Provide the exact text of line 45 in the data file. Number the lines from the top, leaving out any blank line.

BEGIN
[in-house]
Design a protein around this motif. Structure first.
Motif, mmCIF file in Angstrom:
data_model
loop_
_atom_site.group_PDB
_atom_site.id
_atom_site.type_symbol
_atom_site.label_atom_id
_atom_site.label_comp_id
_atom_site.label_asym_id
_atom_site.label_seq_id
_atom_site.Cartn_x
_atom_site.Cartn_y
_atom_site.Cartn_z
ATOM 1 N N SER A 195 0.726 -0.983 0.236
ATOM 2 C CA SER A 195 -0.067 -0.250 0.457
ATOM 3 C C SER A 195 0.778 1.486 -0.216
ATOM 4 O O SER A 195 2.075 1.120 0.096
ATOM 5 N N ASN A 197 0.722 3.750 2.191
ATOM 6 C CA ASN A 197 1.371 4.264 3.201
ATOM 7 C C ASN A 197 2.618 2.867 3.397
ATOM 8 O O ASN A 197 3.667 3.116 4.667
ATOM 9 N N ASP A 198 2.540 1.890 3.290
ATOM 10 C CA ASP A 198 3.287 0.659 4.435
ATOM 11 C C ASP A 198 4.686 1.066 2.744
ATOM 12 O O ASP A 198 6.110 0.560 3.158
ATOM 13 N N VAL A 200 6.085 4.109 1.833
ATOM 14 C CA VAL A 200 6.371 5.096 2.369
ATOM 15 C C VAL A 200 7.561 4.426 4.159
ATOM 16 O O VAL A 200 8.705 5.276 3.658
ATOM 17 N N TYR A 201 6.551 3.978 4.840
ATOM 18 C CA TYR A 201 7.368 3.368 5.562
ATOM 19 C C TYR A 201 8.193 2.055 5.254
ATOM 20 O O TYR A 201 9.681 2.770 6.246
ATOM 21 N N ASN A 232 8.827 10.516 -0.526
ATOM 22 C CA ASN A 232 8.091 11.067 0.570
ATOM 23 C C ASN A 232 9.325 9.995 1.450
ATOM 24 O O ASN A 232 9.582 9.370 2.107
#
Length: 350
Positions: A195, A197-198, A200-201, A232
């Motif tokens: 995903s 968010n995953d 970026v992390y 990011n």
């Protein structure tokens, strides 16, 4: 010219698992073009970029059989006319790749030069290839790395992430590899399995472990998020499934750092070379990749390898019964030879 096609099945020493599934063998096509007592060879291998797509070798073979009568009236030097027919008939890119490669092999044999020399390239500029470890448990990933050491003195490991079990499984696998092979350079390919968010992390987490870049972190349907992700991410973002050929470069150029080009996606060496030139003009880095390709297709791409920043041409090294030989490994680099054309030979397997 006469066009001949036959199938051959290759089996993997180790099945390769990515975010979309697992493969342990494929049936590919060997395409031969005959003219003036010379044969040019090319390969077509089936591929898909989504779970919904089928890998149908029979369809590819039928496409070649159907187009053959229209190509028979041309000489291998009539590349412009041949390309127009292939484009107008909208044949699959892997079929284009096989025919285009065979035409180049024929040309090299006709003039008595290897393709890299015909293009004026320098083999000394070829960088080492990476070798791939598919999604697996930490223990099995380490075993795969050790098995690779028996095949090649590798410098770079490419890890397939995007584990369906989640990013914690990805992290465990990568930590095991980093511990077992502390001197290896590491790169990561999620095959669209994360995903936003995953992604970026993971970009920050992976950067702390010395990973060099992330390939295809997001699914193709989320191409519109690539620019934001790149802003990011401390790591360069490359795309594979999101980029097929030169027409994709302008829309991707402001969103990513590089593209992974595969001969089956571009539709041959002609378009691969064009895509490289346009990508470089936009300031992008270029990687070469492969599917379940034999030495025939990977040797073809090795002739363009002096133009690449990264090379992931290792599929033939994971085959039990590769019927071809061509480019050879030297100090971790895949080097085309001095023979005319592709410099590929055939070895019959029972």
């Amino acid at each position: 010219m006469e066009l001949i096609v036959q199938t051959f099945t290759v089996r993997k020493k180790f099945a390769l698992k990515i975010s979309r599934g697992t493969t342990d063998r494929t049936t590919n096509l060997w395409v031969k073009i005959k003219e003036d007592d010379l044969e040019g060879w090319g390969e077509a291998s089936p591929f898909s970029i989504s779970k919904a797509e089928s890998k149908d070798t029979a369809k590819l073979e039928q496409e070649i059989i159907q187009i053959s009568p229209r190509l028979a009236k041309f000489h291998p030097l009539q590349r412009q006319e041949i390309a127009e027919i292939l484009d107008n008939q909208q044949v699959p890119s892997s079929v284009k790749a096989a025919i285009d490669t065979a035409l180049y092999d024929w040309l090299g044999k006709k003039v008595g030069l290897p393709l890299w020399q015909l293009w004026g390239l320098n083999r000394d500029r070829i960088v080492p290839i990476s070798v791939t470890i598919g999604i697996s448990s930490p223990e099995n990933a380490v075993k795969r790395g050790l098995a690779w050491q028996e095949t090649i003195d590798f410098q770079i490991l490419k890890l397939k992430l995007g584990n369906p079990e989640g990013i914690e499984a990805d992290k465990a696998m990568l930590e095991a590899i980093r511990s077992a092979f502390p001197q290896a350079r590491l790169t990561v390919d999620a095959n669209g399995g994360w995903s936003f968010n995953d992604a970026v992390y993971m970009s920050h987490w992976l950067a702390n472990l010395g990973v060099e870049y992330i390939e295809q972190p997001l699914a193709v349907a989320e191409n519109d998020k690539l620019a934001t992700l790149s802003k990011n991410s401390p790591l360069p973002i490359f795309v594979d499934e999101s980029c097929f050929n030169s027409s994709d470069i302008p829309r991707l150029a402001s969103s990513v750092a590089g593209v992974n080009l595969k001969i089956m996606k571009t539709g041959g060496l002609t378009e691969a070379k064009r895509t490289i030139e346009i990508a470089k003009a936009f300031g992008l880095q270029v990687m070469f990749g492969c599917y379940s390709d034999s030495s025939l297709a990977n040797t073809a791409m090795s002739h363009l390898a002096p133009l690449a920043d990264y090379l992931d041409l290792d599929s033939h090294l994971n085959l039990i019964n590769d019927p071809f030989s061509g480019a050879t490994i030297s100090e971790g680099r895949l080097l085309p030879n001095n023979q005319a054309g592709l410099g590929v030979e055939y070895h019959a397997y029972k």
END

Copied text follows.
């Amino acid at each position: 010219m006469e066009l001949i096609v036959q199938t051959f099945t290759v089996r993997k020493k180790f099945a390769l698992k990515i975010s979309r599934g697992t493969t342990d063998r494929t049936t590919n096509l060997w395409v031969k073009i005959k003219e003036d007592d010379l044969e040019g060879w090319g390969e077509a291998s089936p591929f898909s970029i989504s779970k919904a797509e089928s890998k149908d070798t029979a369809k590819l073979e039928q496409e070649i059989i159907q187009i053959s009568p229209r190509l028979a009236k041309f000489h291998p030097l009539q590349r412009q006319e041949i390309a127009e027919i292939l484009d107008n008939q909208q044949v699959p890119s892997s079929v284009k790749a096989a025919i285009d490669t065979a035409l180049y092999d024929w040309l090299g044999k006709k003039v008595g030069l290897p393709l890299w020399q015909l293009w004026g390239l320098n083999r000394d500029r070829i960088v080492p290839i990476s070798v791939t470890i598919g999604i697996s448990s930490p223990e099995n990933a380490v075993k795969r790395g050790l098995a690779w050491q028996e095949t090649i003195d590798f410098q770079i490991l490419k890890l397939k992430l995007g584990n369906p079990e989640g990013i914690e499984a990805d992290k465990a696998m990568l930590e095991a590899i980093r511990s077992a092979f502390p001197q290896a350079r590491l790169t990561v390919d999620a095959n669209g399995g994360w995903s936003f968010n995953d992604a970026v992390y993971m970009s920050h987490w992976l950067a702390n472990l010395g990973v060099e870049y992330i390939e295809q972190p997001l699914a193709v349907a989320e191409n519109d998020k690539l620019a934001t992700l790149s802003k990011n991410s401390p790591l360069p973002i490359f795309v594979d499934e999101s980029c097929f050929n030169s027409s994709d470069i302008p829309r991707l150029a402001s969103s990513v750092a590089g593209v992974n080009l595969k001969i089956m996606k571009t539709g041959g060496l002609t378009e691969a070379k064009r895509t490289i030139e346009i990508a470089k003009a936009f300031g992008l880095q270029v990687m070469f990749g492969c599917y379940s390709d034999s030495s025939l297709a990977n040797t073809a791409m090795s002739h363009l390898a002096p133009l690449a920043d990264y090379l992931d041409l290792d599929s033939h090294l994971n085959l039990i019964n590769d019927p071809f030989s061509g480019a050879t490994i030297s100090e971790g680099r895949l080097l085309p030879n001095n023979q005319a054309g592709l410099g590929v030979e055939y070895h019959a397997y029972k």